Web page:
• I have practised my lines and I’ve got the routine memorised. I hear my name being called and I bound to the stage, zipping towards the light from the back of the room. I take the mic from the host, say good evening everyone and then my mind goes blank. I have nothing. My thoughts are gone: replaced by the glare of the spotlights and the slowly fading reply. I give a big smile and launch into filler material. I impro, I joke with someone from the audience and I wing it until The Fear ebbs away and I feel my memory come back.

I say none of the above. The feel too personal, or in the case of the latter, to me-me-me. Which is nuts, because we’re here to talk about ourselves and you would think, a professional gobshite and rabid keybashing blogger like myself would find plenty to wax lyrical about……

It is too much like group therapy and I feel my throat beginning to tighten. A feeling I’ve not had for decades. I say: “I almost didn’t come to today’s meeting. Some of you may know, I’ve been through CBT – a therapy course, if you like – about depression a few years ago. This, to me, feels too much like that and if I’m honest, Excuse me, I’m starting to well up, just talking about it, which is crazy, because I’m open about what happened and I feel no shame for having had a mental illness.” I pause, take a breath. “I’m struggling to come up with a Stand Up moment. I don’t have problems at work standing up for who I am, nor for others, nor for what I believe in.” I see the group leader about to cut in and wait. She asks about a personal one and I reply: “Nor in my home life. I don’t have a problem with fear. Except,” I pause and laugh. “Ironically, the fear about coming to this, which I’ve walked through.”

We spend the next ten minutes talking about something next to nothing and if I’m honest, I can’t remember what half of it was. What I do know, is another member of our group was equally unhappy as this prospect of ‘group sharing’ and I’m not convinced it will help us long term. I’m happy to be proved wrong and that’s fine. I do think there will be tears before bedtime if people are going to pry into people’s personal lives and try and amend their world view.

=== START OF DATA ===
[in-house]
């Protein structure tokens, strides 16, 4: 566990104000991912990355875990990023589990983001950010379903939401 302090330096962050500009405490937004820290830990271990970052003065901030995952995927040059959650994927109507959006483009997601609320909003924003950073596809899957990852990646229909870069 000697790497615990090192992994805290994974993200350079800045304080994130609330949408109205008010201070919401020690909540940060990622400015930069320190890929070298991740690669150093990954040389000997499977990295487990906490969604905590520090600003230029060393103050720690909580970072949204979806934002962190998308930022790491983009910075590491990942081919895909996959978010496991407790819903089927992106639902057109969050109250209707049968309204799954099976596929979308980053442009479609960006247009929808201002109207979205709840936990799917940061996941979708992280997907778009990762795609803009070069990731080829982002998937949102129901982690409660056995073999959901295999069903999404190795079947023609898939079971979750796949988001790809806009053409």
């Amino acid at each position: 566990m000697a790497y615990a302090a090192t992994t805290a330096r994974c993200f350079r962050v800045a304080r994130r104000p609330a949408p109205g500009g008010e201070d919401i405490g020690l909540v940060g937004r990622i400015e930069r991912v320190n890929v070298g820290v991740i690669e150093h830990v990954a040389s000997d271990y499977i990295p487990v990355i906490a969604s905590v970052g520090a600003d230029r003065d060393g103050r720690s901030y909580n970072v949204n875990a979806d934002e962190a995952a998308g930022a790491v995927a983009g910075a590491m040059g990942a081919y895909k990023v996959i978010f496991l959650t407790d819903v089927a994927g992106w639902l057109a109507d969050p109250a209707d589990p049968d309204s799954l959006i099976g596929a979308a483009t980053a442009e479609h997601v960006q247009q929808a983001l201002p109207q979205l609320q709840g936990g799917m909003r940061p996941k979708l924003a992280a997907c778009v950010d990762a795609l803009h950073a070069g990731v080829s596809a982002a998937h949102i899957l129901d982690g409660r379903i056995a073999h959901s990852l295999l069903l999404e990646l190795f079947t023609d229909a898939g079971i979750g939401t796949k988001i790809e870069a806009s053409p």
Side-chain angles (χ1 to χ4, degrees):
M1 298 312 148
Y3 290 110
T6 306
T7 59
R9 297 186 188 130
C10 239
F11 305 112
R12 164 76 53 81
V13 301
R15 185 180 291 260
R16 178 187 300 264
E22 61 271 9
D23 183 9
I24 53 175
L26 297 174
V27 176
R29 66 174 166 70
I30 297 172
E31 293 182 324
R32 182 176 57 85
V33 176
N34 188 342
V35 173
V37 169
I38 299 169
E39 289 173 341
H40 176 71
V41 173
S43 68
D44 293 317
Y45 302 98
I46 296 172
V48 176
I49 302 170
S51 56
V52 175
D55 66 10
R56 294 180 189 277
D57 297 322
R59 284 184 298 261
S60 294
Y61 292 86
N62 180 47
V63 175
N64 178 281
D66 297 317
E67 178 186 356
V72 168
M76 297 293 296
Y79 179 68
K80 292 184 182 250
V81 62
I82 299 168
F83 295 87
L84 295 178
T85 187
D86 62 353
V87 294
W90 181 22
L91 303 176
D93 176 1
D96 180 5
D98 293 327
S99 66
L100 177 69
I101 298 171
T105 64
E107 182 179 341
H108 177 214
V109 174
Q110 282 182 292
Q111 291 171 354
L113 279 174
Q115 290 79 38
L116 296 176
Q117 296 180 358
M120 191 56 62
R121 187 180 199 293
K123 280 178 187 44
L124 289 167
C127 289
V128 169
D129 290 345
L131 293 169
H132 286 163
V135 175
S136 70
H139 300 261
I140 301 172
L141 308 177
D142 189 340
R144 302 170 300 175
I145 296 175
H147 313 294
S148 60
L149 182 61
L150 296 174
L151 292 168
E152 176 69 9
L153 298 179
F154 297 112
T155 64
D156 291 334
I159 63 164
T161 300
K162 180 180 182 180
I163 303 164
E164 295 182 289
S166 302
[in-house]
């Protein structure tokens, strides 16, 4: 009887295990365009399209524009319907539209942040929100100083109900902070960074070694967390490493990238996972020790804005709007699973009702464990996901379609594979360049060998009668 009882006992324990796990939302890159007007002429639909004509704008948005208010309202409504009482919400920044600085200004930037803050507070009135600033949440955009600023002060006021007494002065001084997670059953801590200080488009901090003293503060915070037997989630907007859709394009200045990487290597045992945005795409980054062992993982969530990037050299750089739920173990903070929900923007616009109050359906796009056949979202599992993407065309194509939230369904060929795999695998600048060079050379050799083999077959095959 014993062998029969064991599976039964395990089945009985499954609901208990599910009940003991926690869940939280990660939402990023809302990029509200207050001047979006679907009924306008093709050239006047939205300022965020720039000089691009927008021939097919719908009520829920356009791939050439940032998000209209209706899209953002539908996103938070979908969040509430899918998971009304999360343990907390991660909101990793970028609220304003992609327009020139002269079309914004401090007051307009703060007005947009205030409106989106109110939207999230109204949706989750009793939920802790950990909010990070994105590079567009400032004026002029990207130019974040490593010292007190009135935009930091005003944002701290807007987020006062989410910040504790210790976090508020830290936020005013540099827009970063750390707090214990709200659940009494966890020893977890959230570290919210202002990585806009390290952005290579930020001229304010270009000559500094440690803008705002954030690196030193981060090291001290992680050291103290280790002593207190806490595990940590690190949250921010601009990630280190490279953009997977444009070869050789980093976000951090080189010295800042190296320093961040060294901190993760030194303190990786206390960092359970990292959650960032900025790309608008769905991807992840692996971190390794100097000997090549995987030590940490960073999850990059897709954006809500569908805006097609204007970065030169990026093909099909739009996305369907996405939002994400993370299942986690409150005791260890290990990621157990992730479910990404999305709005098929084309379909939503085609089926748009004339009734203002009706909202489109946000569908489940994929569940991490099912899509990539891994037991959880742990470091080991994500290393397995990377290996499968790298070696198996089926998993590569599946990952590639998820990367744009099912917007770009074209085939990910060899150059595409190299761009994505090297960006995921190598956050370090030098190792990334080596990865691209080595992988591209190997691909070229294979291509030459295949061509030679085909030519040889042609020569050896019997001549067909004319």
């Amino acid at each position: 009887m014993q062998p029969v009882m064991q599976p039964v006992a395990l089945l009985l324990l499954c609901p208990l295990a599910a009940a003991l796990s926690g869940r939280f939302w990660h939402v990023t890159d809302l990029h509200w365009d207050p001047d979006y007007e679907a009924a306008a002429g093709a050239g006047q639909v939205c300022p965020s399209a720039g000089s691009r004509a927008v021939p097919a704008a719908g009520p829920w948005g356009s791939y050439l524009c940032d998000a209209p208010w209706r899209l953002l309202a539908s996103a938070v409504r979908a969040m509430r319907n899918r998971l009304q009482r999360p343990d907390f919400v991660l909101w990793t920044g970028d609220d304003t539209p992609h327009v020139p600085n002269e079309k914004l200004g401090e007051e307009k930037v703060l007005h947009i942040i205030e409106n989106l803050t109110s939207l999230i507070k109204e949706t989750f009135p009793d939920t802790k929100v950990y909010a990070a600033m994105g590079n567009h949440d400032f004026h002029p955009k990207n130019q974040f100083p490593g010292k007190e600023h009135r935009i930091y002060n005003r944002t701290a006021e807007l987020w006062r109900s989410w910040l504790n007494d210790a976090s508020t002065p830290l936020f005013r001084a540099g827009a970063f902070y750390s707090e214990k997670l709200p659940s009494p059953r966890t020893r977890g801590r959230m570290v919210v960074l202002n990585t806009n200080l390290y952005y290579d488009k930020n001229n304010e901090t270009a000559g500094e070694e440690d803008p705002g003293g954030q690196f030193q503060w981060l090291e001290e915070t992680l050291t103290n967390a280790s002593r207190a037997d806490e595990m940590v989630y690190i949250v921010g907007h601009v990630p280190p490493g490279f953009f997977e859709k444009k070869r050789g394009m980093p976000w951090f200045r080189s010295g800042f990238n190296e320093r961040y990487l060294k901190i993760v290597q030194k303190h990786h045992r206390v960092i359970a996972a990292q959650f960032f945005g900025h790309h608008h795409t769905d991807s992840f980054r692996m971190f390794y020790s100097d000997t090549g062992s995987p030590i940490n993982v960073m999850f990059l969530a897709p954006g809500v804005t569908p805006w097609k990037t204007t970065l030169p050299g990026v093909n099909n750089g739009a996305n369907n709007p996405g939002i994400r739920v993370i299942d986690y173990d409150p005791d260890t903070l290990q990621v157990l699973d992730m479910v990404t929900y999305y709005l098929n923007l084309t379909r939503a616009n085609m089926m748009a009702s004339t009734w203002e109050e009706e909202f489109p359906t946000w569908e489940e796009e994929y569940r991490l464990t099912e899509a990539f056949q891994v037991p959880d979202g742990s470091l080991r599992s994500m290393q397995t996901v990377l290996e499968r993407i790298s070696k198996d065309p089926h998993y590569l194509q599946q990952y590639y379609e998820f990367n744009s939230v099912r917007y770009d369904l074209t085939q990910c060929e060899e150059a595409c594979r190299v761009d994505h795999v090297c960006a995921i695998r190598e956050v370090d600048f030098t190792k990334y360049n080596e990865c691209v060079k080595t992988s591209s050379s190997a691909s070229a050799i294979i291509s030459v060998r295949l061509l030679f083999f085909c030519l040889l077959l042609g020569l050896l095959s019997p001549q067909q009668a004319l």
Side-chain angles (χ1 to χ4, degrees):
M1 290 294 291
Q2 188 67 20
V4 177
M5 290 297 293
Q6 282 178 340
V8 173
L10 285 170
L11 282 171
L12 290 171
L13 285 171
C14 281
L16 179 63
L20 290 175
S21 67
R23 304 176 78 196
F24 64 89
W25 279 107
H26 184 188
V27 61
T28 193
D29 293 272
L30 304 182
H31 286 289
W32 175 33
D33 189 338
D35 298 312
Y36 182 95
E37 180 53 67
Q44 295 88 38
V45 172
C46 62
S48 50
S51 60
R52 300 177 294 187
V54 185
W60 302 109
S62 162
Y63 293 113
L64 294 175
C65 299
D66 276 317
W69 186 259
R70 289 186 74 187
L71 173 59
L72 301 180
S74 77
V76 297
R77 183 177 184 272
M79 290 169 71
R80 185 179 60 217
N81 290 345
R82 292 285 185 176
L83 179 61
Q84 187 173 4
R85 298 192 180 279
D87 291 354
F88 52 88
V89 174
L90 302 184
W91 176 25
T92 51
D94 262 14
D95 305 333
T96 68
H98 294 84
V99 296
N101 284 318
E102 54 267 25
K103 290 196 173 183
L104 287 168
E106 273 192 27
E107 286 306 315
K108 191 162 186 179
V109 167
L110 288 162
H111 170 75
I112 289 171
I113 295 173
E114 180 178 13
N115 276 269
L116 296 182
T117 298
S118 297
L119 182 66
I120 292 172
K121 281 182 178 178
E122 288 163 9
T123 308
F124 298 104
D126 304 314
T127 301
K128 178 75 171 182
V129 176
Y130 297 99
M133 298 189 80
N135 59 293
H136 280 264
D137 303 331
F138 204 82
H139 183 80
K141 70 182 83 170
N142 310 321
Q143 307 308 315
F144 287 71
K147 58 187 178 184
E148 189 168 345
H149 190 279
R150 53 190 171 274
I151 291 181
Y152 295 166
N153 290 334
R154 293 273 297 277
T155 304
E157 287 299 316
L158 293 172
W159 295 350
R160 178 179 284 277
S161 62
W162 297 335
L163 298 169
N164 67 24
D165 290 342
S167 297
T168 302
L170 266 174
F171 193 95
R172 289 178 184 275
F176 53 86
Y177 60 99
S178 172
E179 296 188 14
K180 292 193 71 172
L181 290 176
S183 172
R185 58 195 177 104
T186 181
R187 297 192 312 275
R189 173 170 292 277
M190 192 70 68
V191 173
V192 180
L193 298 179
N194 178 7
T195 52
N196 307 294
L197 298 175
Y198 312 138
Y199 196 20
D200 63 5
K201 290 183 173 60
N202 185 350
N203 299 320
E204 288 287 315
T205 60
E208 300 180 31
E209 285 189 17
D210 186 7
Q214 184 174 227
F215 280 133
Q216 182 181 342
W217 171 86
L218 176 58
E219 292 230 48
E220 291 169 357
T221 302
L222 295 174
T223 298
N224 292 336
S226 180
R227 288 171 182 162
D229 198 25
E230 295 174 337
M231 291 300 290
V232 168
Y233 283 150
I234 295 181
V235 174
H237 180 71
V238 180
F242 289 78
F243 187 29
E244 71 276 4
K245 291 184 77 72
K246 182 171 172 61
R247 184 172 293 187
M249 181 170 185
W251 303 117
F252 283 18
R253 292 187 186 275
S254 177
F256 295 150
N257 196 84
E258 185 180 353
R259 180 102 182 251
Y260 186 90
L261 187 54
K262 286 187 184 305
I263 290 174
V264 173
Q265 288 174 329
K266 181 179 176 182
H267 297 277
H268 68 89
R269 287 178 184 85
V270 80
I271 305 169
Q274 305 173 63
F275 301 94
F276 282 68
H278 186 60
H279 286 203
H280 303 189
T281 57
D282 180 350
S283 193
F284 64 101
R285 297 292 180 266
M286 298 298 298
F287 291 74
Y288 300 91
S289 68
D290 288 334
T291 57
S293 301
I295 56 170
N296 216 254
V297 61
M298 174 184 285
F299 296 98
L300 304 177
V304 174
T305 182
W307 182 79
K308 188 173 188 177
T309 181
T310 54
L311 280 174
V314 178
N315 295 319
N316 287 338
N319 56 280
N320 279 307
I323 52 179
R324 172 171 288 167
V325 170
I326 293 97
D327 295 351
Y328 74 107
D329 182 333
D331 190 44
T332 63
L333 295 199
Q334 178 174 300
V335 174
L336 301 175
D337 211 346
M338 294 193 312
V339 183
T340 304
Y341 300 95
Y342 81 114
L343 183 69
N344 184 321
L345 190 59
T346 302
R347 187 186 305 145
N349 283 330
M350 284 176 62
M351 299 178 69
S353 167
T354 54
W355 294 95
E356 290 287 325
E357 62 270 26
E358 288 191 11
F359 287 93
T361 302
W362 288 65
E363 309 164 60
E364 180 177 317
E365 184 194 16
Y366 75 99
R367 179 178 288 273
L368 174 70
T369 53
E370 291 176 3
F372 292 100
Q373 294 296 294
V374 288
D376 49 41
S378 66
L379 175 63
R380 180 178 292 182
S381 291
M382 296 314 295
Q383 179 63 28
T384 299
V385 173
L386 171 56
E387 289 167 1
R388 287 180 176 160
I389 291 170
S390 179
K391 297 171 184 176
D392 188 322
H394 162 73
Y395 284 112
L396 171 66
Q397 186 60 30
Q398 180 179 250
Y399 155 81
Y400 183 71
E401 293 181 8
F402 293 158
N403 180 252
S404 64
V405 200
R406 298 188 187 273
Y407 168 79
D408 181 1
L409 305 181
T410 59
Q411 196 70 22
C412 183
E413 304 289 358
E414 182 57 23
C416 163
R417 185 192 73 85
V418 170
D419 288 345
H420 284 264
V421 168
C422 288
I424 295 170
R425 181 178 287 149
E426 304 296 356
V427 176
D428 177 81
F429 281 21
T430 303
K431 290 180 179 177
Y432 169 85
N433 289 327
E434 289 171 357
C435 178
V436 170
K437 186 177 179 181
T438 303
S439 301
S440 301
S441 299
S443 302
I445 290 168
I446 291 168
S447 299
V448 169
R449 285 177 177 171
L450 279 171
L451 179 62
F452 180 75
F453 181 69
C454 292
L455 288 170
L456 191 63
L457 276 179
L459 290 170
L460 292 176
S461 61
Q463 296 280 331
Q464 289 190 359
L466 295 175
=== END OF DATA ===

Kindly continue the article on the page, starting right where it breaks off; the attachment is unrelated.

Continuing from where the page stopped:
We’re all due back in the room in about four weeks and in that time, I’ve got to flesh out my ‘storyboard’ about embracing fear and acting on my wish to ‘find a use for this technique and help others.’. Crazy. You would think someone who likes this type of self-help stuff would be more in tune, but to me…. it feels too much like a psychobabble CBT-like snake-oil gig.

Part Two

Most of this week, I’ve been camped out in another office, busily bashing away on an old laptop. A workmate passed me an old SSD and after some hardware tinkering, said lappy is now much faster. It’s almost like having a new machine. Anyhoo, the screen was too low for me and that gave me a bad back (rock on, eh?). Despite my back starting to lock up and then some top quality pain meds from the doctor, I was determined to make Chameleons this week. If I could keep moving, despite a bit of serious ‘owage’ I did feel better and as we trans folk know, a few hours in heels works wonders, right?

Despite a bit of a flap over packing, I did get my outfit sorted and Kim was kind enough to gift me the corsets she’d promised as a swap for the boots I’d given her. Despite me offering her extra pennies, she was adamant. Control knickers and tights on, it was time to try a corset for the first time. It took me a while to work out how to open the back ribbons out and with some help from Kim, I got into it and tightened it up.

Now, I’ve got a bodyshaper from Figleaves and its very good IMO. It is not, however, anything like a corset. As I pulled on the ribbons, the corset did its magic and pulled my waist in. I breathed in, felt myself push against the sides – not uncomfortably so – and tightened up a little more. I stood and took in the view in the mirror: I already had hips from the padding I use, but now my waist went in: much more tapered than the thicker trunk-like torso I normally have. The added bonus was the *ahem* extra chest material, that when taped and shaped into a bra, really gave a good cleavage too.

Dressed and changed in an unusually quick time for me, it was downstairs to mingle and say hi to people. We have a number of new folk come for their second and third visit, which I always like to see. We had some laughs and chuckled about some groups referring to us as ‘a knitting circle’. Well, Chams is very laid back and gentle: but I don’t see that as a bad thing.

With September and October having a number of birthdays in it, we’ll be having a party soon, so I guess I best get on with updating the web site.

Take care,


  1. Great post, Lynn. Especially the "Time slows and my brain goes into overdrive….." section. You made me feel it. Yes, it probably helps that I can relate to a lot of it. But anyway…

    Fear. I don't know about facing up to fears, whether that's always a good thing or not. I guess sometimes it is.